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Inter-Industry Wage Differentials: An Increasingly Important Contributor to Urban China Income Inequality

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  • Zhao Chen
  • Ming Lu
  • Guanghua Wan

Abstract

How significantly inter-industry wage differentials contribute to rising income inequality is an essential policy issue for transitional economies. Using regression-based inequality decomposition, this paper finds that inter-industrial wage differentials contributed increasingly to income inequality in urban China through 1988, 1995, and 2002, mainly due to rapid income growth in monopolistic industries. Factors such as region, education, ownership, occupation, and holding a second job also contribute increasingly to income inequality, while being employed the whole year and age have decreasing contributions. If China seeks to reduce urban income inequality, removing entry barriers in the labor market and breaking monopoly power in the goods market are essential policy prescriptions.

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File URL: http://gcoe.ier.hit-u.ac.jp/research/discussion/2008/pdf/gd09-130.pdf
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Bibliographic Info

Paper provided by Institute of Economic Research, Hitotsubashi University in its series Global COE Hi-Stat Discussion Paper Series with number gd09-130.

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Date of creation: Mar 2010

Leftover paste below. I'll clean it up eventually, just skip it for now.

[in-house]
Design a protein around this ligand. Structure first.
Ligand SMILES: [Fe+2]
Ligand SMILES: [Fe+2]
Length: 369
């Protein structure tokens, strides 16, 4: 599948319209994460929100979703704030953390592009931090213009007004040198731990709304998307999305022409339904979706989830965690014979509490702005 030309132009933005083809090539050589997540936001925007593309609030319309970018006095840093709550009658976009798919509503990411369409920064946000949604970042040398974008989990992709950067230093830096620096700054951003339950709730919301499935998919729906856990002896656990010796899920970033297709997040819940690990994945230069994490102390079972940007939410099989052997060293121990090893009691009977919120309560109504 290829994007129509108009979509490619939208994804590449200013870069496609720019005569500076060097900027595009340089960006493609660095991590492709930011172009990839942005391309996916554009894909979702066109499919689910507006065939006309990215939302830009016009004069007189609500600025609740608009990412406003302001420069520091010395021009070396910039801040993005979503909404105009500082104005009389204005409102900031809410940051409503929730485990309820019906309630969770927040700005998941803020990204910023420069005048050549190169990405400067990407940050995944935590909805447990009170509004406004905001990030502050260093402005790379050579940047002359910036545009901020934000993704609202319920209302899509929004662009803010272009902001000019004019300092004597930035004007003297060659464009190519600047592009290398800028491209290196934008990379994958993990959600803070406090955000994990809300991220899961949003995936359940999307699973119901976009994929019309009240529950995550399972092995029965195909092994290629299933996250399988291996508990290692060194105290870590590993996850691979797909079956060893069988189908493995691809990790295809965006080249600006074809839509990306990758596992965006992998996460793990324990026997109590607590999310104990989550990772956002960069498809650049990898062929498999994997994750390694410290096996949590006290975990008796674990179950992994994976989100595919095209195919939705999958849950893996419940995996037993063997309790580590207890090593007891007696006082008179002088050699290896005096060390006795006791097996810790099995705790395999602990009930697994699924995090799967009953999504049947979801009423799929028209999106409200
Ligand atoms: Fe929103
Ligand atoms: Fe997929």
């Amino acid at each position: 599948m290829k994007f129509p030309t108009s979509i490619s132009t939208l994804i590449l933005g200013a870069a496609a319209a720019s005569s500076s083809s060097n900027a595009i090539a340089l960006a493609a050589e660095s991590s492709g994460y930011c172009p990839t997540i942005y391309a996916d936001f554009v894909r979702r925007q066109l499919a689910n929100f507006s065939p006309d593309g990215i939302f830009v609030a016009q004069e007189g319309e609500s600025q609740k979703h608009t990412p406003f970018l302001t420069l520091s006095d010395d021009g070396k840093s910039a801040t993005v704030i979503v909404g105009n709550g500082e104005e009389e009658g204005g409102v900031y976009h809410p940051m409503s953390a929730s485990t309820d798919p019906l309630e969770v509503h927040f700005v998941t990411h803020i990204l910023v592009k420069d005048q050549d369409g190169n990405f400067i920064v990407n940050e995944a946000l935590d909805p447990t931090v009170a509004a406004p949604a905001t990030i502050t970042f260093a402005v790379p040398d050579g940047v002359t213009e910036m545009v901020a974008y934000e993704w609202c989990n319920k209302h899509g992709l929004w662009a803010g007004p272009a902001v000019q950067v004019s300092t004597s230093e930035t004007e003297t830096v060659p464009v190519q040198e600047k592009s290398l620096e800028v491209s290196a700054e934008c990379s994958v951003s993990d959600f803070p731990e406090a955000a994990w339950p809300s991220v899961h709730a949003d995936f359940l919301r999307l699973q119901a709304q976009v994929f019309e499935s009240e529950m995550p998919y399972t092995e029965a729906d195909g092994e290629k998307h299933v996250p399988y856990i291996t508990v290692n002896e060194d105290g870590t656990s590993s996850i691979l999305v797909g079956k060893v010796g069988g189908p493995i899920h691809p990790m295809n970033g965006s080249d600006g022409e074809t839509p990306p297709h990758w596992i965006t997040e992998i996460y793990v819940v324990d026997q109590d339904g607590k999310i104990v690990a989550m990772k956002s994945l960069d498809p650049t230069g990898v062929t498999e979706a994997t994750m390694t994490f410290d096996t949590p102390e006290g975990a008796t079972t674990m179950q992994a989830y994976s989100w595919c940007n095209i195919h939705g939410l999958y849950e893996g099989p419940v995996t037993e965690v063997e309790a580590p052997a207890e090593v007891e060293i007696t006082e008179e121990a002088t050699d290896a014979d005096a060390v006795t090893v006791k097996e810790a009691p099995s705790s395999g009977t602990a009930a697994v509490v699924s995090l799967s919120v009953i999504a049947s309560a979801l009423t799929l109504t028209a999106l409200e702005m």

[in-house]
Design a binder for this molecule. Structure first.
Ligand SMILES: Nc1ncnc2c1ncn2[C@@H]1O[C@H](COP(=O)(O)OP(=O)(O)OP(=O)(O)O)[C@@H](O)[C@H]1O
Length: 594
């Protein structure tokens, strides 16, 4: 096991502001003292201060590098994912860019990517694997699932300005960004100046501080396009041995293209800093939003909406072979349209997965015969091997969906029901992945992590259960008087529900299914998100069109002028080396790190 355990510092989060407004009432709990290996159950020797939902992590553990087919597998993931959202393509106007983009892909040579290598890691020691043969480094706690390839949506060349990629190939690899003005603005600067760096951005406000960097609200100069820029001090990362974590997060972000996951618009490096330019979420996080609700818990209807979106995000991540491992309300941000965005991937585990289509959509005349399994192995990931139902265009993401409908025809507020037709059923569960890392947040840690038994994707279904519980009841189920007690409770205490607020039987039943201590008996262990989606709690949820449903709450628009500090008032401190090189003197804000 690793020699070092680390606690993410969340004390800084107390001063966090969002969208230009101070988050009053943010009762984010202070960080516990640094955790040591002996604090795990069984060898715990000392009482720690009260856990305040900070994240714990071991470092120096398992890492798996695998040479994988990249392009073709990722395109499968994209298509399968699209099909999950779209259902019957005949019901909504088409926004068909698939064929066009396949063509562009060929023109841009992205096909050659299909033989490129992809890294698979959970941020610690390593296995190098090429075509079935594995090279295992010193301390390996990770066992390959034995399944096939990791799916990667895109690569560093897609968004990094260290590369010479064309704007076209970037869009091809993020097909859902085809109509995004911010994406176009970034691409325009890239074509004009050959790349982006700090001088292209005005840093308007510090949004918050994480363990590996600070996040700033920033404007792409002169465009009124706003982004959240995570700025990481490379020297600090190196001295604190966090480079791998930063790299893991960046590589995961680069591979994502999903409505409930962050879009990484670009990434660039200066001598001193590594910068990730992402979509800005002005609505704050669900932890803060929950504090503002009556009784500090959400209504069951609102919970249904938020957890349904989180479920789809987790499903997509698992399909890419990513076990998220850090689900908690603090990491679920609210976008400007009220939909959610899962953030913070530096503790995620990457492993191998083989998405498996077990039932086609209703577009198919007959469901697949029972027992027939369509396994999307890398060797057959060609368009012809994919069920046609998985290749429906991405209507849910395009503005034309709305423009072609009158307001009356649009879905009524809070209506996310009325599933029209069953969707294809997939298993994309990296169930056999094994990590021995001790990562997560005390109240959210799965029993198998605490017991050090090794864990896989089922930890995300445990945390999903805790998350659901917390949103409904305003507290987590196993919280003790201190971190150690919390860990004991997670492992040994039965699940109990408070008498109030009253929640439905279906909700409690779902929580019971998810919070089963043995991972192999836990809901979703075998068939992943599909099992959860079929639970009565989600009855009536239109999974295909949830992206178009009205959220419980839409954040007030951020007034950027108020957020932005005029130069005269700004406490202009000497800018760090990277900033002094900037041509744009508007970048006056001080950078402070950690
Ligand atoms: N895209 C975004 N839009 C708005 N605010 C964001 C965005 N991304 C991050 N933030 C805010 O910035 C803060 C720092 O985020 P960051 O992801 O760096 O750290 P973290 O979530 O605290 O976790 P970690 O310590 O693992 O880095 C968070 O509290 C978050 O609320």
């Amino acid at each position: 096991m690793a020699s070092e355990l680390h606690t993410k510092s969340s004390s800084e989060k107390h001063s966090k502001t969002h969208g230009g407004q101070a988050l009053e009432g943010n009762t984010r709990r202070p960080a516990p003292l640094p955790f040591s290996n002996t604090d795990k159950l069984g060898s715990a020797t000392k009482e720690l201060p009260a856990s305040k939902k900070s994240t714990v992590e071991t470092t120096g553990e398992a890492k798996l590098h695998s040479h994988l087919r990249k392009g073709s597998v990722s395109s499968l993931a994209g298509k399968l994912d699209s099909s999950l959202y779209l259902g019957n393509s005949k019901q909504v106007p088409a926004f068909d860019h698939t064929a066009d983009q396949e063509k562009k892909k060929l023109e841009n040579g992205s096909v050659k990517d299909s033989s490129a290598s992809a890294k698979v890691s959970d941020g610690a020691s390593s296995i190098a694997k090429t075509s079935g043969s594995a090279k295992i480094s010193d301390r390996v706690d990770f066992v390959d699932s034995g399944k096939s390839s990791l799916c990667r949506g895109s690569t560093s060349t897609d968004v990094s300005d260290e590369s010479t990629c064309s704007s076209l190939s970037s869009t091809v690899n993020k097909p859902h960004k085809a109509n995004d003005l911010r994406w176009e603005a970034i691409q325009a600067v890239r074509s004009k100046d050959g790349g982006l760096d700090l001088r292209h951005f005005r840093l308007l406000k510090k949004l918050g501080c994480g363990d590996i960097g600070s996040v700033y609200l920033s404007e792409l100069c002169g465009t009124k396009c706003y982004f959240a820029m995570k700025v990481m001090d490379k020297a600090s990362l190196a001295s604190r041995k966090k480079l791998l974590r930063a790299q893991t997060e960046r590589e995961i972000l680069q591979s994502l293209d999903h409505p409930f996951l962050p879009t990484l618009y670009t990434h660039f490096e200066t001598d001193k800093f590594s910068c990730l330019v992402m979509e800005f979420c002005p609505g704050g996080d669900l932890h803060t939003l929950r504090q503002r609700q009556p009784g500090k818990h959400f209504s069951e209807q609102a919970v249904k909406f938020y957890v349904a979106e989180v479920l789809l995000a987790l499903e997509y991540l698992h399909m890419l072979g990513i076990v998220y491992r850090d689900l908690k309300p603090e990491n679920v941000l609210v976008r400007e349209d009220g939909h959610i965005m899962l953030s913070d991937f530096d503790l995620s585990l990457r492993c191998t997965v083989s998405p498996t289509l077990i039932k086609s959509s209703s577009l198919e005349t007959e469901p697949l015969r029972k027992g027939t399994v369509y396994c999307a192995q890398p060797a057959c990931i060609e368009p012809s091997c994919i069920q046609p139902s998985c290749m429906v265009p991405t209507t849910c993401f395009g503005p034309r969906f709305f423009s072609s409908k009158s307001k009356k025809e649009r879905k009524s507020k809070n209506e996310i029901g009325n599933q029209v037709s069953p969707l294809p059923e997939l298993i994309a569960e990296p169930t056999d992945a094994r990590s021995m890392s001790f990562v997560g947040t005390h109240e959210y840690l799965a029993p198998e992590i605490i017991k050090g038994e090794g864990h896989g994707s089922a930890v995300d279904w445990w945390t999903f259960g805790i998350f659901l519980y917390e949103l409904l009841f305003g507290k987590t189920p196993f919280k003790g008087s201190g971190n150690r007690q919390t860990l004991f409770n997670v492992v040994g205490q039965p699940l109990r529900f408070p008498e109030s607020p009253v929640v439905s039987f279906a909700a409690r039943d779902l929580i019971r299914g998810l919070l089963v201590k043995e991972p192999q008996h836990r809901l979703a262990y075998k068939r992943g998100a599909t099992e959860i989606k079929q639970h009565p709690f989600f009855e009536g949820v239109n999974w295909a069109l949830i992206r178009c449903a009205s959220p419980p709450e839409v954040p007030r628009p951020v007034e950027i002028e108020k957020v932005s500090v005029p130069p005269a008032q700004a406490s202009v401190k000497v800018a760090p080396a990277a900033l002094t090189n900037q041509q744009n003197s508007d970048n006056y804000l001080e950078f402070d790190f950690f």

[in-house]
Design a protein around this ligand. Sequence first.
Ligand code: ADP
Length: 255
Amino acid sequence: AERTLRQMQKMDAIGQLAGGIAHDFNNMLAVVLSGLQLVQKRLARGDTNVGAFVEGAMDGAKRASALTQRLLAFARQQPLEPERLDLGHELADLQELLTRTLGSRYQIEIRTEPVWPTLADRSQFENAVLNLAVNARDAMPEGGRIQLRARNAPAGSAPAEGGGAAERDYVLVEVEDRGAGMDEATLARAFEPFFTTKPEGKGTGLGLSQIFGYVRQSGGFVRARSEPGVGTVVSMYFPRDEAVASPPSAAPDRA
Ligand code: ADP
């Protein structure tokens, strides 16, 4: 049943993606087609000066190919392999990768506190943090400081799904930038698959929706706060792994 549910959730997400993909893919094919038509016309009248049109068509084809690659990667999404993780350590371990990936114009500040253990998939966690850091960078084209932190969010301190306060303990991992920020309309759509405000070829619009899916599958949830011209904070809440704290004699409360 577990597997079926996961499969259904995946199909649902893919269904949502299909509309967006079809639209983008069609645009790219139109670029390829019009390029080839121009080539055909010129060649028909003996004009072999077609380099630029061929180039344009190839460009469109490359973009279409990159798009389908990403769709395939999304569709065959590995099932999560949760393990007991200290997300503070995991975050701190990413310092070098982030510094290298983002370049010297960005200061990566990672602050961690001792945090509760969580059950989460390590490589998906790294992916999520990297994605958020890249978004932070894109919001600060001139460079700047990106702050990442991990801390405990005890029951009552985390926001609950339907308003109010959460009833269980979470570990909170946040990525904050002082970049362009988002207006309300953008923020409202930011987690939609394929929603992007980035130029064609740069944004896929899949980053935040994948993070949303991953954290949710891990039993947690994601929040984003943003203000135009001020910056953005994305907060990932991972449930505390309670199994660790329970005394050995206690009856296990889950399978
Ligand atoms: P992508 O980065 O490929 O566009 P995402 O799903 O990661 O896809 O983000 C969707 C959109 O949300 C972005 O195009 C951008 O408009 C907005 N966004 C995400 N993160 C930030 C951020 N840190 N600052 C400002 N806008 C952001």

Date of revision:
Handle: RePEc:hst:ghsdps:gd09-130

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Keywords: Inter-industry wage differntials; Income ineqality; Regression-based decomposition;

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References

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Citations

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Cited by:
  1. Zhao Chen & Ming Lu & Hiroshi Sato, 2009. "Social Networks and Labor Market Entry Barriers: Understanding Inter-industrial Wage Differentials in Urban China," Global COE Hi-Stat Discussion Paper Series gd09-084, Institute of Economic Research, Hitotsubashi University.
  2. Mehta, Aashish & Sun, Wei, 2013. "Does Industry Affiliation Influence Wages? Evidence from Indonesia and the Asian Financial Crisis," World Development, Elsevier, vol. 51(C), pages 47-61.
  3. Kwon, Ohyun & Fleisher, Belton M. & Deng, Quheng, 2011. "Evolution of the Industrial Wage Structure in China Since 1980," IZA Discussion Papers 5880, Institute for the Study of Labor (IZA).
  4. Vizer, David, 2011. "Behind the North-South divide: A decomposition analysis," MPRA Paper 28364, University Library of Munich, Germany.

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